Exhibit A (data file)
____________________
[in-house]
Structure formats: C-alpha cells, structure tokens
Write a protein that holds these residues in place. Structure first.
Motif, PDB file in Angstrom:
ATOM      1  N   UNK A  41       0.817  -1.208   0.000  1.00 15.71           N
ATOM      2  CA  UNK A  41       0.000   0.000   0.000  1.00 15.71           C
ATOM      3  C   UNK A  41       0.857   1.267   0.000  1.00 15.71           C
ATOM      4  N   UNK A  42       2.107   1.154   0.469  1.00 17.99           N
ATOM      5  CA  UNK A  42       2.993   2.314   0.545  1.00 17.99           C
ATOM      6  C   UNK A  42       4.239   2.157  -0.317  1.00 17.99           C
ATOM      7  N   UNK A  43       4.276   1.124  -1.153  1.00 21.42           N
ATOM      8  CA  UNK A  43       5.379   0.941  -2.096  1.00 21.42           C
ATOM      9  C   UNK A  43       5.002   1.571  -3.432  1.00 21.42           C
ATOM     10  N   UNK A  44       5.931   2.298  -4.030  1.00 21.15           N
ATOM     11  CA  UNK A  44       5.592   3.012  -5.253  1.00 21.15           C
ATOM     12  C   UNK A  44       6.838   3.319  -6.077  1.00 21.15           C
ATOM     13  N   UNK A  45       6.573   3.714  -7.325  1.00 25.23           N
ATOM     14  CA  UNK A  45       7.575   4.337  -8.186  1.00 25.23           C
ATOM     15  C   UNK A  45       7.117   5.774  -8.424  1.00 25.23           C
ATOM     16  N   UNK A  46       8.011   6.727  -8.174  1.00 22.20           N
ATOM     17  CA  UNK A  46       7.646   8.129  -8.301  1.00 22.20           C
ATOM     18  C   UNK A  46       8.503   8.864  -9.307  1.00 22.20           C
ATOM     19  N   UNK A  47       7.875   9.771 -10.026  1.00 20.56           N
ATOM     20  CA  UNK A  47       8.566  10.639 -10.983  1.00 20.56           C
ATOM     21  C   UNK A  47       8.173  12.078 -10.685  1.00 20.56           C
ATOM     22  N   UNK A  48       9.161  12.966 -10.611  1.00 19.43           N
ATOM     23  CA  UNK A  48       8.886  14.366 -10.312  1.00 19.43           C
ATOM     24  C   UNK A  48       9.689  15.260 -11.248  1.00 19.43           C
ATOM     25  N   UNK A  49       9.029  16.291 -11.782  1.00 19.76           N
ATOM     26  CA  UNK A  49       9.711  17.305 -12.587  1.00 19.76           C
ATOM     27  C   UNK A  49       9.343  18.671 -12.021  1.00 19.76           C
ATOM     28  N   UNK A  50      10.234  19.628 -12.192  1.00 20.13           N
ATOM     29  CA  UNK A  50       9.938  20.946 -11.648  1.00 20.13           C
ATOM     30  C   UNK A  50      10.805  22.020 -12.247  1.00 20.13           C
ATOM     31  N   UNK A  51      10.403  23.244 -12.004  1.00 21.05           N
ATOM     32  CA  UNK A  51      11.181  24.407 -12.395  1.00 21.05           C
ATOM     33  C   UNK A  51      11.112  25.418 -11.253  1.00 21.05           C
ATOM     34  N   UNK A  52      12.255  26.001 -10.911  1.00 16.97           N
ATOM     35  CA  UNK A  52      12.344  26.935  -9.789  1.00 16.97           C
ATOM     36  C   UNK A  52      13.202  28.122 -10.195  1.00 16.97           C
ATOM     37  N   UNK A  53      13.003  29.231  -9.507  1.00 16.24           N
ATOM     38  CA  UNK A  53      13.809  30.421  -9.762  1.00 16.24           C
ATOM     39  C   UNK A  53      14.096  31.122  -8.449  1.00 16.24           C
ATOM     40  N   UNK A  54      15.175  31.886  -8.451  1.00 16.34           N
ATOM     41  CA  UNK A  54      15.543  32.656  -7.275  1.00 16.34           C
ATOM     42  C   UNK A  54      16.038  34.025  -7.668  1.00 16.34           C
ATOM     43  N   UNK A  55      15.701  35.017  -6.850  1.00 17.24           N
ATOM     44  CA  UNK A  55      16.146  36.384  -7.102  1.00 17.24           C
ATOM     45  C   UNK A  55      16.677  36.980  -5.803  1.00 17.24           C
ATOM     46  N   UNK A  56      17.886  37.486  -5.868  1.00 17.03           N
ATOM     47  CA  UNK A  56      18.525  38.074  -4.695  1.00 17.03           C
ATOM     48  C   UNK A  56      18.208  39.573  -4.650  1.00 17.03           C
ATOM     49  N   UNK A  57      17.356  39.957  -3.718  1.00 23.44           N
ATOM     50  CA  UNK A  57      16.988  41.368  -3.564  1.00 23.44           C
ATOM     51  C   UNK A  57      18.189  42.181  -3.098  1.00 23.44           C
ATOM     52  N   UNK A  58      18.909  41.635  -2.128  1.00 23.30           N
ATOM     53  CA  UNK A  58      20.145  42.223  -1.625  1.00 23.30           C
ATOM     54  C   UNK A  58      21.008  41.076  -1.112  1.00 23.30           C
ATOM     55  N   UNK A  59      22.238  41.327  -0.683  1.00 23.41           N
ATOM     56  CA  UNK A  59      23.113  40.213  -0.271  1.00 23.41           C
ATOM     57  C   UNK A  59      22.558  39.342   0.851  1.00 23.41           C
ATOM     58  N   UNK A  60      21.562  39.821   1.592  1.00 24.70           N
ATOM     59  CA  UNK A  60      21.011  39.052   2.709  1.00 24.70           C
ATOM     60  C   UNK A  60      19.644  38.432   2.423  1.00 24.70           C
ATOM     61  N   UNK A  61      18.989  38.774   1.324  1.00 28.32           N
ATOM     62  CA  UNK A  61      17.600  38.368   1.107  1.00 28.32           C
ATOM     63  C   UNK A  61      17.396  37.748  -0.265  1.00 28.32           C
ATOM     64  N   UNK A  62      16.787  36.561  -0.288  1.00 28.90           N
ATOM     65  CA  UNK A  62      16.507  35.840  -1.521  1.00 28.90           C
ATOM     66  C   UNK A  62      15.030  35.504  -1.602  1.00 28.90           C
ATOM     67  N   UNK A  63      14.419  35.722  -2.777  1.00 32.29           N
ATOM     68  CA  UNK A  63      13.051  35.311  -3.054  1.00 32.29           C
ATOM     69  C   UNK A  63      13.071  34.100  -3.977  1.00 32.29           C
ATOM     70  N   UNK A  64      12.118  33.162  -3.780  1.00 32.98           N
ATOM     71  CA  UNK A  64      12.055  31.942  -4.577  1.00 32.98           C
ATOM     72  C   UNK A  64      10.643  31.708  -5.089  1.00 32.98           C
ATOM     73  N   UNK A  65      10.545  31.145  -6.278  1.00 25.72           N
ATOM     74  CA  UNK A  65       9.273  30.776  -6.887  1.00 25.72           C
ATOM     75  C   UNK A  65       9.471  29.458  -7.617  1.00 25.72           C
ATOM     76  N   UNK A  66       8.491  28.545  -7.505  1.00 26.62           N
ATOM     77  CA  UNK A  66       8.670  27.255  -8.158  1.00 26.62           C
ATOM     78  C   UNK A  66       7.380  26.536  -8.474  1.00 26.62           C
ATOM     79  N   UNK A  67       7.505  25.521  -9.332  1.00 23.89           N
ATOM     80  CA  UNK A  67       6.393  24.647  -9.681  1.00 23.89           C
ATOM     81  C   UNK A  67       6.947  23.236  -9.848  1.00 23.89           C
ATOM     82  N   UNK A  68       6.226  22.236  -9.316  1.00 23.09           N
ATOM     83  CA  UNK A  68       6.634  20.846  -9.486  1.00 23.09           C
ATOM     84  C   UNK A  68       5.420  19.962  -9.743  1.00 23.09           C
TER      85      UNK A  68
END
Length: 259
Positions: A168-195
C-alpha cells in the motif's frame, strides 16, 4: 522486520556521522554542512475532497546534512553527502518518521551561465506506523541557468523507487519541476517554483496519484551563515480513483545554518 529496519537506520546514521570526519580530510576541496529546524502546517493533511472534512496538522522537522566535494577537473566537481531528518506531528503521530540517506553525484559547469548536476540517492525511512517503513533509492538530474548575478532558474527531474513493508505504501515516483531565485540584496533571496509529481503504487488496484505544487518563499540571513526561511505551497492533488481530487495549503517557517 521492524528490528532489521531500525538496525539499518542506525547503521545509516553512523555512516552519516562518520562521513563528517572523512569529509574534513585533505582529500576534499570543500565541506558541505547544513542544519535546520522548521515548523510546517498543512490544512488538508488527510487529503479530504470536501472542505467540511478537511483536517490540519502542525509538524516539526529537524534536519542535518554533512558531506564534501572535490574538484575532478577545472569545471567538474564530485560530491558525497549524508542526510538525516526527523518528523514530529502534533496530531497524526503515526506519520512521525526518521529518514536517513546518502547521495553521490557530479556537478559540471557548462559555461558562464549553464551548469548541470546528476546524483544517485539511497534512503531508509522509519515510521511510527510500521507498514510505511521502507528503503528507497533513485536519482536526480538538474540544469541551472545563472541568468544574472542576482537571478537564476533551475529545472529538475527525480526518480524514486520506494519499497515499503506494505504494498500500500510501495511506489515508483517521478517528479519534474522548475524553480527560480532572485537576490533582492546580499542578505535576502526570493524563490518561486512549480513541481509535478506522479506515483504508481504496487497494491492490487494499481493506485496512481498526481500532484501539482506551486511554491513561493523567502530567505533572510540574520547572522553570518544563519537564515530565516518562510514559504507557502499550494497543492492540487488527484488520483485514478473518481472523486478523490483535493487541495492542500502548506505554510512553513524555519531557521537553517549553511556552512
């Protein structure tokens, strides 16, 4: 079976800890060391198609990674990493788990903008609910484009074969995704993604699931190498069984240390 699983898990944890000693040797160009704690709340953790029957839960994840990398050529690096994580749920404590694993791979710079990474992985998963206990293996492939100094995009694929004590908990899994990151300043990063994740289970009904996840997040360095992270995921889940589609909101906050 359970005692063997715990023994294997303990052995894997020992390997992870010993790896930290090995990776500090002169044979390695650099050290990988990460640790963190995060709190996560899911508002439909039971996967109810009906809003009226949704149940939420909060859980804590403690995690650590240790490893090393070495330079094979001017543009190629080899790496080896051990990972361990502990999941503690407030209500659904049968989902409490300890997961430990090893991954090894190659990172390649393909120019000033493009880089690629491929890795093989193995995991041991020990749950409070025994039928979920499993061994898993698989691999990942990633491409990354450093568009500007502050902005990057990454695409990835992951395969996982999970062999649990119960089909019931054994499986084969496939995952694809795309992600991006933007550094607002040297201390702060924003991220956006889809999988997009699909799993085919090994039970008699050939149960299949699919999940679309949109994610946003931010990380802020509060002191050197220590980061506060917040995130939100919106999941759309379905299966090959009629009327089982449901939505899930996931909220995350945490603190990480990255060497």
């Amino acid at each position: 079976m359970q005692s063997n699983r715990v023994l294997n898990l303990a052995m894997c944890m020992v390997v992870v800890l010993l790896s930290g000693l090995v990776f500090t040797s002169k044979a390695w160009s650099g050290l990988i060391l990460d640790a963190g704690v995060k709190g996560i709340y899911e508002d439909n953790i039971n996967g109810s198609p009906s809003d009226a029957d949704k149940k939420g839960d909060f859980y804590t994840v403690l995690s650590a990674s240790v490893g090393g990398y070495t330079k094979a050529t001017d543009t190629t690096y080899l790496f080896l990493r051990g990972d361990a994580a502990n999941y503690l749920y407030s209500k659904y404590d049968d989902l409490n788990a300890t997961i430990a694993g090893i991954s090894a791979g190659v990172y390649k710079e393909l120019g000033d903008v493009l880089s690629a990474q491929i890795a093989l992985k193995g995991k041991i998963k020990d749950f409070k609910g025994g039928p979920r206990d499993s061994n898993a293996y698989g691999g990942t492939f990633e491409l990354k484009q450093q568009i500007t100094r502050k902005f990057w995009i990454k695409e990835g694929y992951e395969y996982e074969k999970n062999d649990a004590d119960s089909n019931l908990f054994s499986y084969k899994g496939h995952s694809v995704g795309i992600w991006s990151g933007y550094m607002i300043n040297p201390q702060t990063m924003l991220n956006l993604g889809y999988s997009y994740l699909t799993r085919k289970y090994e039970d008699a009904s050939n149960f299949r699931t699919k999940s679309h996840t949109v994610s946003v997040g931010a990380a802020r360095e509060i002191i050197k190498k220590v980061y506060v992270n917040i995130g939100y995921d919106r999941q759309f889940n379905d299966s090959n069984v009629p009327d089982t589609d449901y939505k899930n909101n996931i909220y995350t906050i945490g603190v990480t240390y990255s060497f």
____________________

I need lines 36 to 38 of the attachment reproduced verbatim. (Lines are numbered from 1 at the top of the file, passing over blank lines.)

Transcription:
ATOM     32  CA  UNK A  51      11.181  24.407 -12.395  1.00 21.05           C
ATOM     33  C   UNK A  51      11.112  25.418 -11.253  1.00 21.05           C
ATOM     34  N   UNK A  52      12.255  26.001 -10.911  1.00 16.97           N